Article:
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What is Space Physics about?

Space Physics encompass the physics of the (Earth-near) open space, mainly the magnetosphere and solar wind. In a wider sense they include the application of knowledge obtained on the system Earth to other planets and moons, for example the investigation of the interactions between the magnetosphere of Saturn and the moon Titan. Main topics of the research group of Prof. Joachim Saur are magnetic fields and plasma, which is why the following paragraph is devoted to (extraterrestrial) plasma physics alone.

What are Extraterrestrial Plasma Physics about?

In everyday life we normally only encounter three states of matter: solid, liquid, and gaseous. The plasmatic state is seldomly observed, for example in technical constructions such as light bulbs, fluorescent lamps, or phenomenons such as lightning. A plasma consists of matter which is partly or completely atomised into charged particles, like negative electrons and mainly positive ions. Such a plasma shows strong interaction with electrical and magnetic fields and exhibits a large variety of phenomena which are for most parts unbeknown for the other three states of matter.

Even though the plasmatic state of matter may appear exotic in everyday life, it is the normal state for the largest part of matter in the universe, as well as for the largest part of matter in our solar system if we include the sun itself. But even the closer surrounding of planets and their satellites - asteroids and comets - as well as the interplanetary space between planets, is filled by plasma with multiple properties. These plasma which are situated above the Earth also also terminated as extraterrestrial plasma. The physics of these plasma is called extraterrestrial plasma physics - in contrast to laboratory plasma physics (e. g., fusion experiments). Extraterrestrial plasma physics are a comparably young field of research, beginning round about 70-80 years ago. Only with the beginning of the exploration of space by means of rockets and since 1957 with satellites and spacecrafts did this branch of physics boom. Plasma in our solar system is often not visible. Exceptions are northern lights (see figure above) and comet tails. Instruments for experimental survey of plasma are matter detectors and magnetic and electrical field detection instruments.

The focus of research of the group is the plasma of the interplanetary space; from the corona of the sun to the interstellar medium. For this, data of magnetic fields, plasma, and radio soundings from missions such as Ulysses, Helios, Wind, and in future Phoenix, Cassini, Rosetta, etc. are analysed. The data analysis is supported by theoretical-numerical model simulations, with the goal to physically understand the investigated phenomena.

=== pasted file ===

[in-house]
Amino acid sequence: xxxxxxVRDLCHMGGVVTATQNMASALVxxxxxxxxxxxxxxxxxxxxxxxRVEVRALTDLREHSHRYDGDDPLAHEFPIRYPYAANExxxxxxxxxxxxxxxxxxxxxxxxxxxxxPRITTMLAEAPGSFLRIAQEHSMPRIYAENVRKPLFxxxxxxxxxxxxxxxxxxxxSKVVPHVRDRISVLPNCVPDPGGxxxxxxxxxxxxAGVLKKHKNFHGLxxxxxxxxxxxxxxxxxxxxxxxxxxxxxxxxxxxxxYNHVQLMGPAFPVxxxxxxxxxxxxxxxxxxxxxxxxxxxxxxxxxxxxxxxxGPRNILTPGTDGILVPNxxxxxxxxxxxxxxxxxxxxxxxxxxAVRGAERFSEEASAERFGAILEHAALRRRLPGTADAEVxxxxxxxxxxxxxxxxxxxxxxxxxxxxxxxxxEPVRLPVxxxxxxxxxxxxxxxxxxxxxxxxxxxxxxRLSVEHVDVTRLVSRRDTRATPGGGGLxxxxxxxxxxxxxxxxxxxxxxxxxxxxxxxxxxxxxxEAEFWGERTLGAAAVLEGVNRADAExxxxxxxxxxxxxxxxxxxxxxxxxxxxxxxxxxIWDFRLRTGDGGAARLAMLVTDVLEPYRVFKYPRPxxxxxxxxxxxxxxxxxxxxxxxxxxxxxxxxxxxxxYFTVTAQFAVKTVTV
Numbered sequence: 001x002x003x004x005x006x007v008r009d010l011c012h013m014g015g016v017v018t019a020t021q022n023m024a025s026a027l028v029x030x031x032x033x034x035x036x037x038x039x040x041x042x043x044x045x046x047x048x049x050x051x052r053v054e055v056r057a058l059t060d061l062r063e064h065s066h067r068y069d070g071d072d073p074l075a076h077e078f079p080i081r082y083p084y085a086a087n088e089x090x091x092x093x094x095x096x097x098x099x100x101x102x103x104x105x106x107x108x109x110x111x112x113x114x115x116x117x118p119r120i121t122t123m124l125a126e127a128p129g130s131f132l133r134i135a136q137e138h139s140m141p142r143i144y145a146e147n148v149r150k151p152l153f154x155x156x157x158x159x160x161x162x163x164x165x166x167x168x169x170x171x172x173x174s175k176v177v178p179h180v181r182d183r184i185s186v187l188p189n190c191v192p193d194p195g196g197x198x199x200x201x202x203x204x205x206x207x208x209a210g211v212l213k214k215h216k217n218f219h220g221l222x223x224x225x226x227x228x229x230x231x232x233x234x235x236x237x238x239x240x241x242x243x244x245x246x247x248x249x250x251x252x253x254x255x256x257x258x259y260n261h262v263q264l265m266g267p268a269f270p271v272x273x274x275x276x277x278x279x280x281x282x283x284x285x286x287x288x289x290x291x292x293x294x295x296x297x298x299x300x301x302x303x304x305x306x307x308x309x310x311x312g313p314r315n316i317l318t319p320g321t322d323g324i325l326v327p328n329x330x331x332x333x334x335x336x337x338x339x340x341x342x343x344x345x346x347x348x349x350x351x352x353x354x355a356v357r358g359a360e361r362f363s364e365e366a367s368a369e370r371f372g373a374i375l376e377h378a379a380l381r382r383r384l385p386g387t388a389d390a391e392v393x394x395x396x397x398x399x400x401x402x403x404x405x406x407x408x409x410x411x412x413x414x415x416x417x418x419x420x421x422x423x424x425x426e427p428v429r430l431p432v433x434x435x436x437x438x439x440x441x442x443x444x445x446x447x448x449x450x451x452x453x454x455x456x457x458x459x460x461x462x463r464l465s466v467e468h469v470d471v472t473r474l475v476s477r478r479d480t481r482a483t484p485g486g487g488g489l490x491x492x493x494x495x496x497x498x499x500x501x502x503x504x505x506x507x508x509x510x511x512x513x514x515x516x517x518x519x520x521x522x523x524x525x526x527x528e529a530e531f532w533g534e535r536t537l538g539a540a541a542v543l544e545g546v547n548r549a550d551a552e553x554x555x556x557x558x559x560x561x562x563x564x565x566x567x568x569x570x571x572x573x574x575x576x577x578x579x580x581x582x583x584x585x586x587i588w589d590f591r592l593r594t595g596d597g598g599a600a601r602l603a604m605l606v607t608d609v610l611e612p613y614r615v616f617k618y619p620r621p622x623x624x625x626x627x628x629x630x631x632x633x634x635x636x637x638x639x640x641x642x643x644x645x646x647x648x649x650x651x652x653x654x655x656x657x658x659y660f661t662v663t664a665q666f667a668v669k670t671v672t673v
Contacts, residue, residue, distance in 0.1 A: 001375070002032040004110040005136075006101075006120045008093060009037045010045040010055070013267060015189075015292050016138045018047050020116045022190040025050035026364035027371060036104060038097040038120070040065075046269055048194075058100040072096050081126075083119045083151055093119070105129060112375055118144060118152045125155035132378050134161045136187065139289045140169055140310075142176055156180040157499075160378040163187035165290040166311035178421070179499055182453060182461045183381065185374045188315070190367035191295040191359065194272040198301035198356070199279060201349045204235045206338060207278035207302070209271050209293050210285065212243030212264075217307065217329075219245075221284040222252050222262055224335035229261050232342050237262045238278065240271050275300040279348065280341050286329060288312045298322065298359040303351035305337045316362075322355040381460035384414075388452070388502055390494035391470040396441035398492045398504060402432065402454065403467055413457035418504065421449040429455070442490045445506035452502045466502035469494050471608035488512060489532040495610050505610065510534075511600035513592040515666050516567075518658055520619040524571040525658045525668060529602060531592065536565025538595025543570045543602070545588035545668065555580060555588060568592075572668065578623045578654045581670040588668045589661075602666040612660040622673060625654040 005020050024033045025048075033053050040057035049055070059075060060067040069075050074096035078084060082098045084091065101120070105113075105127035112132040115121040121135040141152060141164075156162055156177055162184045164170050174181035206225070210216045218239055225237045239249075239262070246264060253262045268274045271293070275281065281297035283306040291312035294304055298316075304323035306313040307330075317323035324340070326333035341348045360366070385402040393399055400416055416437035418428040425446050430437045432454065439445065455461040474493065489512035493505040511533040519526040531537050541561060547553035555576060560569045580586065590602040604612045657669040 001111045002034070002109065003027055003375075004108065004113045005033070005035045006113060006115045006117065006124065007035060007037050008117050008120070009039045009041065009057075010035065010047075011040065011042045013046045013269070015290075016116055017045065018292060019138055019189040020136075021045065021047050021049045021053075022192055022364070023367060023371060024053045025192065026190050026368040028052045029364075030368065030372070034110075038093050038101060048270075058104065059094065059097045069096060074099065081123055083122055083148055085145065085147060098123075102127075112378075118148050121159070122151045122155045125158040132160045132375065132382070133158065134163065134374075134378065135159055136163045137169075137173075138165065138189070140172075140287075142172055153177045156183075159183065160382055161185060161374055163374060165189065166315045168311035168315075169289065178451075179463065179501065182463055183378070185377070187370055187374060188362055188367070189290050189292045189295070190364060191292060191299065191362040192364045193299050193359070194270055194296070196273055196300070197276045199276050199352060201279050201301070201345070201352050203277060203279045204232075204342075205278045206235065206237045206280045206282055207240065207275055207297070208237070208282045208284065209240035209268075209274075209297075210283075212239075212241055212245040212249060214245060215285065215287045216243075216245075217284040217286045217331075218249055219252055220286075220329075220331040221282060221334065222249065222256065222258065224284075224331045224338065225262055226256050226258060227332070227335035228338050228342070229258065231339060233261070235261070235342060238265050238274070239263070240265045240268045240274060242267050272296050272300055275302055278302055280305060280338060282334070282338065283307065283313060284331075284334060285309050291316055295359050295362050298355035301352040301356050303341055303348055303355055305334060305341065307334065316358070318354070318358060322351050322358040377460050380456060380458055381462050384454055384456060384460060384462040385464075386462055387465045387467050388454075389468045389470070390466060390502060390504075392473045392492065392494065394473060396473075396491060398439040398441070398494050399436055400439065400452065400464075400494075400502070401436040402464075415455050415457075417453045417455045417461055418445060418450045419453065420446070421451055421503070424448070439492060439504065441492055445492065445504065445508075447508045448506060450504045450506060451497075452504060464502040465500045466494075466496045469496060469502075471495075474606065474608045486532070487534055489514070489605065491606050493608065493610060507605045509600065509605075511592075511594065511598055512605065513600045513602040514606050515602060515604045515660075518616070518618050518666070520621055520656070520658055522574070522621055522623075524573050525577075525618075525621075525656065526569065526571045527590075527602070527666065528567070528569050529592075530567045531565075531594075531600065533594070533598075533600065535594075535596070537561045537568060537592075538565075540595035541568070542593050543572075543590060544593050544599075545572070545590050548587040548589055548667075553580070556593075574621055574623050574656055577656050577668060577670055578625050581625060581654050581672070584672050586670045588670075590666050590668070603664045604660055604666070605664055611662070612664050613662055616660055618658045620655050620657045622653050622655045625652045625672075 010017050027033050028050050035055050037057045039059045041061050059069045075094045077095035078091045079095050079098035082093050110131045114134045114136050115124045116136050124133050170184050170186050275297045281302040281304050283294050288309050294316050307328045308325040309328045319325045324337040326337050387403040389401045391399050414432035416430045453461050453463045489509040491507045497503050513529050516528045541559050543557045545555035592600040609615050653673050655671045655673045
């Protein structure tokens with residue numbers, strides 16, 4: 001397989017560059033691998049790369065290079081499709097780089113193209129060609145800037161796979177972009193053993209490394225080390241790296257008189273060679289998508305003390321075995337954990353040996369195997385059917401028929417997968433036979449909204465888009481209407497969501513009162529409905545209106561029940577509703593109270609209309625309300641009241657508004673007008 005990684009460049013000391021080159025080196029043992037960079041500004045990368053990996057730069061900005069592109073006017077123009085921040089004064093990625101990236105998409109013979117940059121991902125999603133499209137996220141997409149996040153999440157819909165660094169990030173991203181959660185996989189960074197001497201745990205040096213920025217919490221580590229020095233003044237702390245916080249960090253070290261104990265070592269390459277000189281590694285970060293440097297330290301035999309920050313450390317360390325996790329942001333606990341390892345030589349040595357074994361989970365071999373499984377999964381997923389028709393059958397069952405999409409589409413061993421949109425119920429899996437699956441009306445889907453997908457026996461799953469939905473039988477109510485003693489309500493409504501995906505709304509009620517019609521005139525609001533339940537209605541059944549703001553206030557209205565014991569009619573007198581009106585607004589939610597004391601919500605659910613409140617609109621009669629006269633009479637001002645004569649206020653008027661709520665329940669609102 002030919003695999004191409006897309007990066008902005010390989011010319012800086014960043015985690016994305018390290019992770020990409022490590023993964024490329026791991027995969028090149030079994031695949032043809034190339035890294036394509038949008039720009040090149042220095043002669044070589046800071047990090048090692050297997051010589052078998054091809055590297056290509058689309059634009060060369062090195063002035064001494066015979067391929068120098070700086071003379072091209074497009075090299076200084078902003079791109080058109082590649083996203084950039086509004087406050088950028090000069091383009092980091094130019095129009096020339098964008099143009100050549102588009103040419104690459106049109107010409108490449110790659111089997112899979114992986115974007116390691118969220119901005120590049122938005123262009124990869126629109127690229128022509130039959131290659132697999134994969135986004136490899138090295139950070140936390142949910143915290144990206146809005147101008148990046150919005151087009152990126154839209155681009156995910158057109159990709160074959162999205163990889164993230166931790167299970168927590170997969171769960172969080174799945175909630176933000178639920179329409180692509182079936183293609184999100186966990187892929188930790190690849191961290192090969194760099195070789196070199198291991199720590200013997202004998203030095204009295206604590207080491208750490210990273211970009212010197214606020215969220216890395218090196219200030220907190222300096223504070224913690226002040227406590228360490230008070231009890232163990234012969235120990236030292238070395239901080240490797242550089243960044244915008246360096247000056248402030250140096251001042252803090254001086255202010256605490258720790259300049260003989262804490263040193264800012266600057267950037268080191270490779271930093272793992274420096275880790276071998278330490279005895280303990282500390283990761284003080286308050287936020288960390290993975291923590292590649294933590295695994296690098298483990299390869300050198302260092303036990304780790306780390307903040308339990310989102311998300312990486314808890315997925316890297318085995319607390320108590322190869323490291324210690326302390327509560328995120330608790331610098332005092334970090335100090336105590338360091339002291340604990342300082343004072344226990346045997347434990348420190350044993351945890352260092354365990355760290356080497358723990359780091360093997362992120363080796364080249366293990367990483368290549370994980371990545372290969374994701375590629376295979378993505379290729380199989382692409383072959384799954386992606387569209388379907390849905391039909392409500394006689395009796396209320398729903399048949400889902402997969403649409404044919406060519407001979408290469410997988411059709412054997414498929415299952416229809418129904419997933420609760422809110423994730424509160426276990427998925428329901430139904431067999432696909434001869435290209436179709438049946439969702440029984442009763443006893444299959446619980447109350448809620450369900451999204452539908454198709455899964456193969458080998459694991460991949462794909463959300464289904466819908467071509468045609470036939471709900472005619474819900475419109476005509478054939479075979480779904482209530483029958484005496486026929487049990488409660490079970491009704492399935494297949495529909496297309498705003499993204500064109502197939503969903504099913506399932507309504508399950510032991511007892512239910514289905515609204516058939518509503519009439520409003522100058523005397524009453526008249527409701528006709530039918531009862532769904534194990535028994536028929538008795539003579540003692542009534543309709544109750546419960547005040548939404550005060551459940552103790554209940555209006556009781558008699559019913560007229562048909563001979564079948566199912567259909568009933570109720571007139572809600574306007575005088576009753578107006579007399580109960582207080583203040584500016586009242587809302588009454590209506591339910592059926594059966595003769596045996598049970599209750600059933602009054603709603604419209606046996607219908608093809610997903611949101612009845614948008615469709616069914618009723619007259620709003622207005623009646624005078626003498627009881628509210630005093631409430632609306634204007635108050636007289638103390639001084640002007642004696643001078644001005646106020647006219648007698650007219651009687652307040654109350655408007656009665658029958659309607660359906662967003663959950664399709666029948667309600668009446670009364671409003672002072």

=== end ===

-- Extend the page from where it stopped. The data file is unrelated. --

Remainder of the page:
A second focus is the investigation of the plasma surrounding of comets, for example with data from the spacecrafts such as Giotto and in future Rosetta.

Finally, the research group also investigates the magnetised plasma surrounding - the magnetospheres - of the larger planets in our solar system, of Jupiter, Saturn, Uranus, and Neptun. The focus is on the plasma flow around the satellites of the large planets. Up to now, the galileic satellites of Jupiter, Io and Europa, were investigated, as well as the largest satellite of Saturn, Titan, and a satellite of Neptun, Triton. The work commenced with the Voyager and Cassini missions, where the research group is involved in the magnetic field experiments, amongst others. 

Extraterrestrial plasma physics investigate non-everyday states of matter, which exhibit a complex but interesting behaviour. Plasma in our solar system offers us the unique possibility to investigate processes with all diagnostic subtleties we have at hand. In the rest of our cosmos, this can only be assessed roughly with remote sensing methods. In the laboratory again, these processes can only be investigated with large errors from wall effects. This is why extraterrestrial plasma of our solar system is a unique laboratory which nature has provided us with.